Isometric or cube-shaped crystals are one of the simplest and most common shapes found in crystals and minerals.
Its brassy yellow colour earned this mineral the nickname Fool's Gold. Some say it came about because during the great American gold rush prospectors mistook pieces of pyrite for gold. Whilst this may be true, we can't find much factual evidence to support it.
There are several distinctive differences between the two minerals. The most obvious is pyrite is not as yellow. When the two are placed side by side it's quite easy to tell one from the other.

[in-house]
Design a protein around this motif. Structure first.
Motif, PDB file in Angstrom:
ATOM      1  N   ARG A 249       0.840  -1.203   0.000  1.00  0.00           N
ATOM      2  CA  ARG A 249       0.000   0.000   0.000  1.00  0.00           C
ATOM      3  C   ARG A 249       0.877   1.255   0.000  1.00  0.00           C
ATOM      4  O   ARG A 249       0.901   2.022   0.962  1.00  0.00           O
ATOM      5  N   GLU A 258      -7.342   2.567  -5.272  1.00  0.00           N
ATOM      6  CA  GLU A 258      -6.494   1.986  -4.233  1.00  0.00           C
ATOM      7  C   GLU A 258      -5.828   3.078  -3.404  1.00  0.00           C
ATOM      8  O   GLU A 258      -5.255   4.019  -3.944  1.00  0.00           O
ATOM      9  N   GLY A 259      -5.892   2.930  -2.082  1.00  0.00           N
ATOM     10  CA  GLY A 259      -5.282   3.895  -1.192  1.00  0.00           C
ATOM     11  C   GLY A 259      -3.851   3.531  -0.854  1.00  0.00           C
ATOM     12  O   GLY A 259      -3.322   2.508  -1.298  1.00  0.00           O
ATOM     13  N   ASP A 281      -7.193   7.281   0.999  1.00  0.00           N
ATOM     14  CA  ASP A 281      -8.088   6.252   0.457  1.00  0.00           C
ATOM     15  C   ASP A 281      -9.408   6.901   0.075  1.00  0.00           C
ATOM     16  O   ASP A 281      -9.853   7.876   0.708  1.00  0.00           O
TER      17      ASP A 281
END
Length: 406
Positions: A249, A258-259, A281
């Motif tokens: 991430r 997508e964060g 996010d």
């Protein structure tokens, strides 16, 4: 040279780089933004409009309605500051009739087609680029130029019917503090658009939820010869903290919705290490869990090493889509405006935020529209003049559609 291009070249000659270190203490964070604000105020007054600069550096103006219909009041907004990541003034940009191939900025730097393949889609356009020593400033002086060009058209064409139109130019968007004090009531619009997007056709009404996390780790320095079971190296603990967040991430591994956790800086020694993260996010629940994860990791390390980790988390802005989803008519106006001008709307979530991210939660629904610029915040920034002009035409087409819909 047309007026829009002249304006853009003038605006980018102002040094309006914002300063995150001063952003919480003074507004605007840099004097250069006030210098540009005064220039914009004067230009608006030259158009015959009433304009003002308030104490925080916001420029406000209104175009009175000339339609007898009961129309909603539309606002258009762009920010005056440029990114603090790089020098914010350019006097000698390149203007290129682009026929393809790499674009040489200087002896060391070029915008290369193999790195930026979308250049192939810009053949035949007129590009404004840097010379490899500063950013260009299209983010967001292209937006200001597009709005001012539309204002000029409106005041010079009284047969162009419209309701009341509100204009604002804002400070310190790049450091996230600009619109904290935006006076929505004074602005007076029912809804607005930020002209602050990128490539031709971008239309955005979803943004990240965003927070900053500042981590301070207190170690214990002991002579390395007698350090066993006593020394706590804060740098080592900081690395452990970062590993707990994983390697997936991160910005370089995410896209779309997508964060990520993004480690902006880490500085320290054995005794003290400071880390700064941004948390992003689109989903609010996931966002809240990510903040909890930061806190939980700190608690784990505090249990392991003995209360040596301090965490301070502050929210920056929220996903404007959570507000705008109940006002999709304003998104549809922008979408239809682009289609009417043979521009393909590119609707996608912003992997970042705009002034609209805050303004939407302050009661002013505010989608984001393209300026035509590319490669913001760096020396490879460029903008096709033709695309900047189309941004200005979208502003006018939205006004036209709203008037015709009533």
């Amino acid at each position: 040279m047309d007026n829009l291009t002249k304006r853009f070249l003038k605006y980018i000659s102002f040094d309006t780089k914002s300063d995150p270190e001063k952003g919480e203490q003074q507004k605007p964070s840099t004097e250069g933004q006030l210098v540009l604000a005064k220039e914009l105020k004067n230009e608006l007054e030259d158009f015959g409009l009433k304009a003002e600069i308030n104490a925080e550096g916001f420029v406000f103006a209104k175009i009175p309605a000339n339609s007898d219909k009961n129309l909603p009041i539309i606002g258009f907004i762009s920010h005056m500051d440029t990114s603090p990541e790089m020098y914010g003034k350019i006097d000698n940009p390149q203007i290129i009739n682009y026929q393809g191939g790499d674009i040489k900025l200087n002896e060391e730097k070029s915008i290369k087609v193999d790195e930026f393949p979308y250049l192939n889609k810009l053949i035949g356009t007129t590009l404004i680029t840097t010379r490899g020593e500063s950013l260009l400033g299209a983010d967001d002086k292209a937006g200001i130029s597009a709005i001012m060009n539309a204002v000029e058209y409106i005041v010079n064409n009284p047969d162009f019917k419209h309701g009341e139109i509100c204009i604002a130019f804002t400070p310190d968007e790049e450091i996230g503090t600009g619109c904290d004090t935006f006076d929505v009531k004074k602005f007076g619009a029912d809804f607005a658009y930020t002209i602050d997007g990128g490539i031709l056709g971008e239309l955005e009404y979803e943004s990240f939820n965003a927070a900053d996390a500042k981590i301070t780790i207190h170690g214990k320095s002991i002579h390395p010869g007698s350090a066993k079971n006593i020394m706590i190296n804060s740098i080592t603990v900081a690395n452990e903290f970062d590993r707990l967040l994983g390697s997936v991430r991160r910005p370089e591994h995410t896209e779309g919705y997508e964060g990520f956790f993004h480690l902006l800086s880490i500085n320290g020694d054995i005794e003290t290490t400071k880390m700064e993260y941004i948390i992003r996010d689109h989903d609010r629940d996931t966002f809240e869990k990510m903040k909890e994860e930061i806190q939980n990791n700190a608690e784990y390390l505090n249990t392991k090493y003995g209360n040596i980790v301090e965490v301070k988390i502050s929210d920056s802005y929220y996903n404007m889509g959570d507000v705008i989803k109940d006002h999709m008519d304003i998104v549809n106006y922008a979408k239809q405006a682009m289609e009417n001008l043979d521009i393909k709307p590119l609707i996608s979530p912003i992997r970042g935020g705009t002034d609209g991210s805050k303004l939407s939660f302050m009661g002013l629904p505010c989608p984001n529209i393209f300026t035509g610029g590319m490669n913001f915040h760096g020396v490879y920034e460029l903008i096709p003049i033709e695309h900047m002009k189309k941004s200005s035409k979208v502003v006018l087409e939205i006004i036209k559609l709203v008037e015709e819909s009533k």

Gold is much softer than pyrite and also malleable. This means it can be hammered or pressed into shape without breaking. Strike a small piece of gold repeatedly and it will get flatter and flatter. Do the same to pyrite and you'll smash it to smithereens. Despite being a much harder mineral it's also brittle.
Streak is the colour of a mineral in powdered form. The colour of the streak in gold is golden or yellow, in pyrite it's black often with a tinge of green.